Above the Dark Circus - Hugh Walpole - ebook

Hugh Walpole's thrilling adventure novel of the 1920s revolves around Piccadily Circus. Richard Gunn is an ex-soldier in trouble after the end of the Great War. Jobless and starving in Piccadilly Circus, he encounters his nemesis, Leroy Pengelly. From this encounter the secrets of their shared past start to unravel. A novel which combines elements of the horror and supernatural with the puzzle element of the whodunnit - all wrapped up in one unsettling and uncanny whole.

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Above the Dark Circus


Hugh Walpole


© David De Angelis 2017 – all rights reserved




















I am aware, I fancy, of most of the dangers of narrative in the first person, but it appears to me that there is no other possible method for this particular story.

Swiftly following though the incidents of it were, and involving a number of persons besides myself in very definite dangers, it is not the incidents that seem to me now, after nearly five years' interval, to be of importance, but rather the implications that lay behind them, and especially the implications in Osmund's purpose.

The chief peril, I suppose, that lurks behind narrative in the first person is that of incredulity. How can anyone remember so clearly and repeat so accurately these conversations? Yes, but one doesn't either remember clearly or repeat accurately. One gives the gist of the thing, the spirit of it rather than the letter. Then, further, as to the scenes that one did not oneself witness. Well, in this present adventure, there is, as will afterwards be clear, only one scene at which I was not myself present, and here my informant is so close to myself that it makes no matter.

For the rest I, and I alone, can give you, as I think, the point of it all, for I, and I alone, should see it from every angle--yes, from that dizzy catastrophe (for it was a catastrophe) under the guttering candles, from that bizarre procession with the loathsome Pengelly, his hat over his eyes, held up under each arm, to that last scene up among the chimney-pots.

This is a pretty portentous beginning. I hadn't intended to start seriously at all, but quite simply with my name and address, so to speak.

My name is Richard Gunn. I was born in the town of Totnes, April 4, 1884. When this adventure began I was standing, naked to the world, save for one half-crown, about five o'clock on a December afternoon, in Piccadilly Circus, wondering what would happen next.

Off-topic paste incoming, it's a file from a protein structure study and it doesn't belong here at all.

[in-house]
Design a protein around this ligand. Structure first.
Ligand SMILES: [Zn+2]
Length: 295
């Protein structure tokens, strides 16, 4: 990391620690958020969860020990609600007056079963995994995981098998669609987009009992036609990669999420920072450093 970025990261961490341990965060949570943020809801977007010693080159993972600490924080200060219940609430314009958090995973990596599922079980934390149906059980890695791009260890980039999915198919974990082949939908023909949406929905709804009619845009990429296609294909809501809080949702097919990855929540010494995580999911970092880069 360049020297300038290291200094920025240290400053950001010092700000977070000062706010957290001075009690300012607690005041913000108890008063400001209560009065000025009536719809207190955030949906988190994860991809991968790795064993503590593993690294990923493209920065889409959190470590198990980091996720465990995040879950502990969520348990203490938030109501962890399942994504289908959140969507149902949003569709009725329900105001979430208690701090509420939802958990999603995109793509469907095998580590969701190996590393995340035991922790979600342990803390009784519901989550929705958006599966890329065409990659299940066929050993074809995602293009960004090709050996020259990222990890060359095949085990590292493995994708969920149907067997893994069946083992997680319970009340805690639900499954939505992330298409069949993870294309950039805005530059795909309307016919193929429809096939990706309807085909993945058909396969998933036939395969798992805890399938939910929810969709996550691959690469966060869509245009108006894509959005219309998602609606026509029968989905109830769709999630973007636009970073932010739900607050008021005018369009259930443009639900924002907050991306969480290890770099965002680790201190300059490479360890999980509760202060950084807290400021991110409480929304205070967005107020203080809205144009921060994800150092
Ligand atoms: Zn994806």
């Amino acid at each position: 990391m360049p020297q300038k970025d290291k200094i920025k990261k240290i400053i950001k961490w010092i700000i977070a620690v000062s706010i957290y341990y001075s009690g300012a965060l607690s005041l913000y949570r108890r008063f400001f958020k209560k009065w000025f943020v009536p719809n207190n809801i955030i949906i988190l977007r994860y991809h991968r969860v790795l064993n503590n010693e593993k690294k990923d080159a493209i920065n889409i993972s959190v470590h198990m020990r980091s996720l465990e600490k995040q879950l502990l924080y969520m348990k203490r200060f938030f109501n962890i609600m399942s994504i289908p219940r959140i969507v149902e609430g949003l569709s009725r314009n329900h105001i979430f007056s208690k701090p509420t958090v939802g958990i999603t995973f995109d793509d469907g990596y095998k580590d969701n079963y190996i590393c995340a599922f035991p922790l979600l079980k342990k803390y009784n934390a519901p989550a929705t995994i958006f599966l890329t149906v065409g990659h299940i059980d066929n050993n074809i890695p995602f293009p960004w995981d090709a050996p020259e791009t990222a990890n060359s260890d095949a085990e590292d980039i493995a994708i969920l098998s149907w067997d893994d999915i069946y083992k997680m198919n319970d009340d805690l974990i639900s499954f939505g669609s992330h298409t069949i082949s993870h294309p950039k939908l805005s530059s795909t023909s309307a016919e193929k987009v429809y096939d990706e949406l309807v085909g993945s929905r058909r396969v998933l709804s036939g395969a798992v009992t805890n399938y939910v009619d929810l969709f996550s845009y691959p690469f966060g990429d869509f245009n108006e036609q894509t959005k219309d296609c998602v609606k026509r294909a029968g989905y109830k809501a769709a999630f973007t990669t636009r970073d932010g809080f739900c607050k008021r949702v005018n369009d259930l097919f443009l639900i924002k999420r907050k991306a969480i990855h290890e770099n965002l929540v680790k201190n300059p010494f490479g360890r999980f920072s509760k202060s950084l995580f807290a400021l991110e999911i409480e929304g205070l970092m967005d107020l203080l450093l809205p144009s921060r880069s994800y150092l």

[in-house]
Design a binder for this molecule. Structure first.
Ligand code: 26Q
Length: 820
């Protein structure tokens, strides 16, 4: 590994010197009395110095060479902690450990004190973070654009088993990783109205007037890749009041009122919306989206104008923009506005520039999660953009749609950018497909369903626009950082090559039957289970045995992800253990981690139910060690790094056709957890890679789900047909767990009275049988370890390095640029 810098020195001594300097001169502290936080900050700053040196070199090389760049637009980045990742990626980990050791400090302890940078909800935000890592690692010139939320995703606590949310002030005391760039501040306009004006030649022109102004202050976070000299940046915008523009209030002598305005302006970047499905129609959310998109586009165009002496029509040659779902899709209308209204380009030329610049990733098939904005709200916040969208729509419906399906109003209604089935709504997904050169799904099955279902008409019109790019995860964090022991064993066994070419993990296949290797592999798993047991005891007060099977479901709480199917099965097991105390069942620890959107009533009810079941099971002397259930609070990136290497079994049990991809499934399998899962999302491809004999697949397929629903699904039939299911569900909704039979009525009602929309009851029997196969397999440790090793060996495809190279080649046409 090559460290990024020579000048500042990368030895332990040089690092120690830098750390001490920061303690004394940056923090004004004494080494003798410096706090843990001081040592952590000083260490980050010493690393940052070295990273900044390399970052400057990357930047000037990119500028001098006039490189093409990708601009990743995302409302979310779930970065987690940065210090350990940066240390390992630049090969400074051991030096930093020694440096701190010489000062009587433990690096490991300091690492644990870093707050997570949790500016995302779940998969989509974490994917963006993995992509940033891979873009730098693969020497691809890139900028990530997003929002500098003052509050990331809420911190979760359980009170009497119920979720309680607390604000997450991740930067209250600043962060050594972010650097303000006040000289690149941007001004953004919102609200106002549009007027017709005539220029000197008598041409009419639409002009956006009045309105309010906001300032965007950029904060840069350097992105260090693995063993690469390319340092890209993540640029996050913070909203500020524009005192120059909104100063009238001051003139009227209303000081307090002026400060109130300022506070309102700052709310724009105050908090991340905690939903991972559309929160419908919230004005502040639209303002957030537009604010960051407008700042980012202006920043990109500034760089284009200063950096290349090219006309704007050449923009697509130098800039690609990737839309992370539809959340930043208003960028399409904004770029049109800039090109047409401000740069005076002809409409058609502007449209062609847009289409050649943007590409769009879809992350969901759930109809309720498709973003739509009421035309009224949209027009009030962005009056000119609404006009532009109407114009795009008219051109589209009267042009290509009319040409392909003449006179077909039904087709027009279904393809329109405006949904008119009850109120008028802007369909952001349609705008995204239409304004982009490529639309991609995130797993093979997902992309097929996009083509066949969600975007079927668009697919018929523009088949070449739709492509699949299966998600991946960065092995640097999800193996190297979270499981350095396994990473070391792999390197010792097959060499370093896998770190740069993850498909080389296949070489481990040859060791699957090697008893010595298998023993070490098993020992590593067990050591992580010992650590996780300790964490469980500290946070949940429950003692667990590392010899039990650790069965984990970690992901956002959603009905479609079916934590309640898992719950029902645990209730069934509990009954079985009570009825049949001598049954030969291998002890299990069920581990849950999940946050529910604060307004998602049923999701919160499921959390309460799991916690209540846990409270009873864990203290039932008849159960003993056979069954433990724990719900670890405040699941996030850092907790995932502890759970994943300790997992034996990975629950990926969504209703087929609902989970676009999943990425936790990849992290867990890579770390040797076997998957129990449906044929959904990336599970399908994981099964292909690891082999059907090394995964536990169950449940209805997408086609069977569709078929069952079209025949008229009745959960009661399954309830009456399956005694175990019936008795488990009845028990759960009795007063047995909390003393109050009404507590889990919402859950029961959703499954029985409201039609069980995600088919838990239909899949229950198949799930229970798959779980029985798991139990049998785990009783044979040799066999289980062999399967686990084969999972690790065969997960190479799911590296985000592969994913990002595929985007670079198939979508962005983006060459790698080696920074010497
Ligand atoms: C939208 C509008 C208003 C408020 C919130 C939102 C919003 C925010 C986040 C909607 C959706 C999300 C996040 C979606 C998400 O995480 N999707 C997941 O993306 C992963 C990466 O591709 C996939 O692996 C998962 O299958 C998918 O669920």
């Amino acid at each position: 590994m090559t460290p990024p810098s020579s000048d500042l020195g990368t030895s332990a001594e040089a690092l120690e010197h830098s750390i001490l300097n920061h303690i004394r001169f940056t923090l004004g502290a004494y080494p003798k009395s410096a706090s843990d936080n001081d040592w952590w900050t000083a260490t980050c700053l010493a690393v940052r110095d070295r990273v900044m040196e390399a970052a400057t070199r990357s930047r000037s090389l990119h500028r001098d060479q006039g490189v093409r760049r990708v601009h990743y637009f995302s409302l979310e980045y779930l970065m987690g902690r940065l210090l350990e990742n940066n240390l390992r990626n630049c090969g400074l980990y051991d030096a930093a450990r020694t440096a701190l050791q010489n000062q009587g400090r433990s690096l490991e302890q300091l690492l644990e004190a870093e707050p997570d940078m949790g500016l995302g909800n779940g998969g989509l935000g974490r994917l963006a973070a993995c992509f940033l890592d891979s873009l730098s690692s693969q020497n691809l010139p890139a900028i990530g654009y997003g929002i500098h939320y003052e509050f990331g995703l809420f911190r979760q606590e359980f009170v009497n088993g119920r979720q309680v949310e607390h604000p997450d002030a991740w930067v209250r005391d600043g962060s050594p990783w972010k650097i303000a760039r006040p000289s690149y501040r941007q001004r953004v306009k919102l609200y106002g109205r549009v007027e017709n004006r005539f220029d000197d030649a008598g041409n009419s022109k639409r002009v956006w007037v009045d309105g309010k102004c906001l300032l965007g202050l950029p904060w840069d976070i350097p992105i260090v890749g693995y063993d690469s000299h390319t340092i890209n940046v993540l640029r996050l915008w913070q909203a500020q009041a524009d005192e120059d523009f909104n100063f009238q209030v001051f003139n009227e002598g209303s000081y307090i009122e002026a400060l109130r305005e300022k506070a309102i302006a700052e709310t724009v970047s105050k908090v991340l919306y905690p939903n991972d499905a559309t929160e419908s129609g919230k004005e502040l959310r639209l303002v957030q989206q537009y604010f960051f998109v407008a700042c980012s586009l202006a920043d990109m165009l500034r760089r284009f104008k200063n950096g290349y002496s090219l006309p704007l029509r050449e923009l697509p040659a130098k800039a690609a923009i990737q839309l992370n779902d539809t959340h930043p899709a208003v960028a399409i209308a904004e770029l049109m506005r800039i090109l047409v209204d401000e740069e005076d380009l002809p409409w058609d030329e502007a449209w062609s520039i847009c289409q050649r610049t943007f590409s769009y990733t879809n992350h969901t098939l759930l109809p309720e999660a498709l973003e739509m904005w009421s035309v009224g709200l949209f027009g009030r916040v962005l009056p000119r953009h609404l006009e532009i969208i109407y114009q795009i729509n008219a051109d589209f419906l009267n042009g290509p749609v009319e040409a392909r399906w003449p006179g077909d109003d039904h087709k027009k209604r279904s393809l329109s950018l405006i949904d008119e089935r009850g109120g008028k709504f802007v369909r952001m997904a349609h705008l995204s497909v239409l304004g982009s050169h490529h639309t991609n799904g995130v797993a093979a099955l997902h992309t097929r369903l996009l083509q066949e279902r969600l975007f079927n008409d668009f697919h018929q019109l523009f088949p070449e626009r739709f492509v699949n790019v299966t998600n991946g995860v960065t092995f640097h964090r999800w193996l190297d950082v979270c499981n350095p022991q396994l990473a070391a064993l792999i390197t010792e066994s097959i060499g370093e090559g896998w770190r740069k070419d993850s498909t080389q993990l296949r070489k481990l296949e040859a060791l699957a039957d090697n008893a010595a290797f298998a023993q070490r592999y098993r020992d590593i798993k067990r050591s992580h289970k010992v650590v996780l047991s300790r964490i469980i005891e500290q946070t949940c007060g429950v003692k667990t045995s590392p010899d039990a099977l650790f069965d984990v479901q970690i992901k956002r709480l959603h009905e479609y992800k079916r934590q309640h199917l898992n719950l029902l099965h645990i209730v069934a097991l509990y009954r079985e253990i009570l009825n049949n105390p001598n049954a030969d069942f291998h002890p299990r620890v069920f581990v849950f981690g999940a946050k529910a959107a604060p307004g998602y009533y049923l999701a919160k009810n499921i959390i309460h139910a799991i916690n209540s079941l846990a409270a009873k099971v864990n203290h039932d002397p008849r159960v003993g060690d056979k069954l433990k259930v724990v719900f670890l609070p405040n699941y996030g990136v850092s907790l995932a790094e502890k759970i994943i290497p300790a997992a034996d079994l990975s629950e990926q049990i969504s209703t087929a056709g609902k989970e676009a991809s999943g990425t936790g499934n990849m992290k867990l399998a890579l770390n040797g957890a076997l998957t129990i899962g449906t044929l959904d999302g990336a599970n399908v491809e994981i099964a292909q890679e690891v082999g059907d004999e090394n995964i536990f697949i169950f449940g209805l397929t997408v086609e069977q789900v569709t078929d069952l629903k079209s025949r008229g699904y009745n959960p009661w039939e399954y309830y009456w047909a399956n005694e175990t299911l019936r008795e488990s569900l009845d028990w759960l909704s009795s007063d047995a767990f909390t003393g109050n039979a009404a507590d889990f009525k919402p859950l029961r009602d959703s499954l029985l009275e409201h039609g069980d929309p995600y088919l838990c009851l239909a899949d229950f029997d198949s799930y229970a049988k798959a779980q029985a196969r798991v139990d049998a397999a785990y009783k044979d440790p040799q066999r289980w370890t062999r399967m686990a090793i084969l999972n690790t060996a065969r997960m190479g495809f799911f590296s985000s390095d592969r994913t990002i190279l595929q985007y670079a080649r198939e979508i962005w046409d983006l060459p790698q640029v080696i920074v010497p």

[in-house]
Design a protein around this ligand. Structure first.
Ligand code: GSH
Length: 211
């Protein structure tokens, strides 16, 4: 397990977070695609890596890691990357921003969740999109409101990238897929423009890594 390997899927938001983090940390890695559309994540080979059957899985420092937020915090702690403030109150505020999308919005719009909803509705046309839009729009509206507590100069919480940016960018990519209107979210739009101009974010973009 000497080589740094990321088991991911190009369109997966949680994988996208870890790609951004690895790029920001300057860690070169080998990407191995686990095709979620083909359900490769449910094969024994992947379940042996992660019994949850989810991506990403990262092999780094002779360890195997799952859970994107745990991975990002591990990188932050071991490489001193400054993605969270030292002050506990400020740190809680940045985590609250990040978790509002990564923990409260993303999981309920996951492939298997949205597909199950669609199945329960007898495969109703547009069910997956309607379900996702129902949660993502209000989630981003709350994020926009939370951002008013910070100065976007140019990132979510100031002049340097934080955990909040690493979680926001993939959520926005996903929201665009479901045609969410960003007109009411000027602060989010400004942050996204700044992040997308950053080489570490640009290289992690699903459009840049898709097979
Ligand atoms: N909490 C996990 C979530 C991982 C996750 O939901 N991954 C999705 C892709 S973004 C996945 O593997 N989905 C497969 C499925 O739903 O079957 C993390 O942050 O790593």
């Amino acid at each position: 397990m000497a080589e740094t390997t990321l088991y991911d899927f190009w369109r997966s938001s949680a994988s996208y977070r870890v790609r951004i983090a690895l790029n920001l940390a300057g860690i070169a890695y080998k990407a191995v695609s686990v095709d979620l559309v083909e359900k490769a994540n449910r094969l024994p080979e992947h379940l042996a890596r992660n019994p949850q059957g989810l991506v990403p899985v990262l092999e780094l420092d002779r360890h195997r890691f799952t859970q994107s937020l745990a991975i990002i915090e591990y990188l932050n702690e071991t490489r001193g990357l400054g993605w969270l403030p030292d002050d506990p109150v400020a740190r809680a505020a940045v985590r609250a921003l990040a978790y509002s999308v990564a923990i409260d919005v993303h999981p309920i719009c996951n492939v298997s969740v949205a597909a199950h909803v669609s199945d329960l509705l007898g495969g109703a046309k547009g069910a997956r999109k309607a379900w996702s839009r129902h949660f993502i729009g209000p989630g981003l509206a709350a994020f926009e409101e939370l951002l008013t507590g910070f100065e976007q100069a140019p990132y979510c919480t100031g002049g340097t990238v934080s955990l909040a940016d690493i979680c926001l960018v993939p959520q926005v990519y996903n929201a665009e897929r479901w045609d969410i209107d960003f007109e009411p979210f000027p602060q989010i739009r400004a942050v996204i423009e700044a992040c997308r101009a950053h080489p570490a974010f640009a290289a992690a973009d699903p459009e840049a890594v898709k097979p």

And here I hope you will excuse me for vagueness in the matter of the year. Indeed, I will ask your permission to change the names, not only of persons, but of buildings and addresses in general. Not that it matters very much. There is no one left who can object very strongly, but I like to allow myself that amount of licence. You can trace the places for yourself, if you like. They are all, as you will see, within a stone's throw from one another. The Circus dominated us first and last and all the time, played perhaps a bigger part in the adventure than did any of us individually. I don't know. That's for you afterwards to decide.

As to the year, it was after the war and after Eros was removed from its pedestal. Where Eros had been, I remember, was the point at which I was especially staring as I stood on the edge of the kerb, wondering what would happen next.

I had several alternatives in my mind--one was suicide, another robbery, another something not very far from murder. And yet I was not in myself in any way a desperate character--not, probably, desperate enough. I never have been. I was only very cold, very hungry and very hopeless.

My position was in no ways a peculiar one at that time. Many another soldier shared it.

Before the war I had held for many years a job as land agent in my own county of Devon. Joining up in 1914 I had trusted to a six months' conflict and the resumption of my job again, but Harry Carden, my employer and close personal friend, was dead, and his estate sold, long before the fighting was over. I had saved during the war a sufficiency, and in 1918 had invested it, with a brother-officer, in a pair of charabancs. The charabancs failed--we had not perhaps precisely the right talent for charabancs. I was, after that, secretary to an impatient peeress, secretary to a night club, companion to a deaf and dumb gentleman, assistant in Mr. Swell-in-the-head's Stores and seller-inordinary for Fletcher's Patent Fountain Pens. Whatever I touched failed; whatever touched me crumbled to ruin--so here I was on this December afternoon in the year such-and-such, with exactly one half-crown in my pocket, no food in my belly and the bitterest cold in my entrails.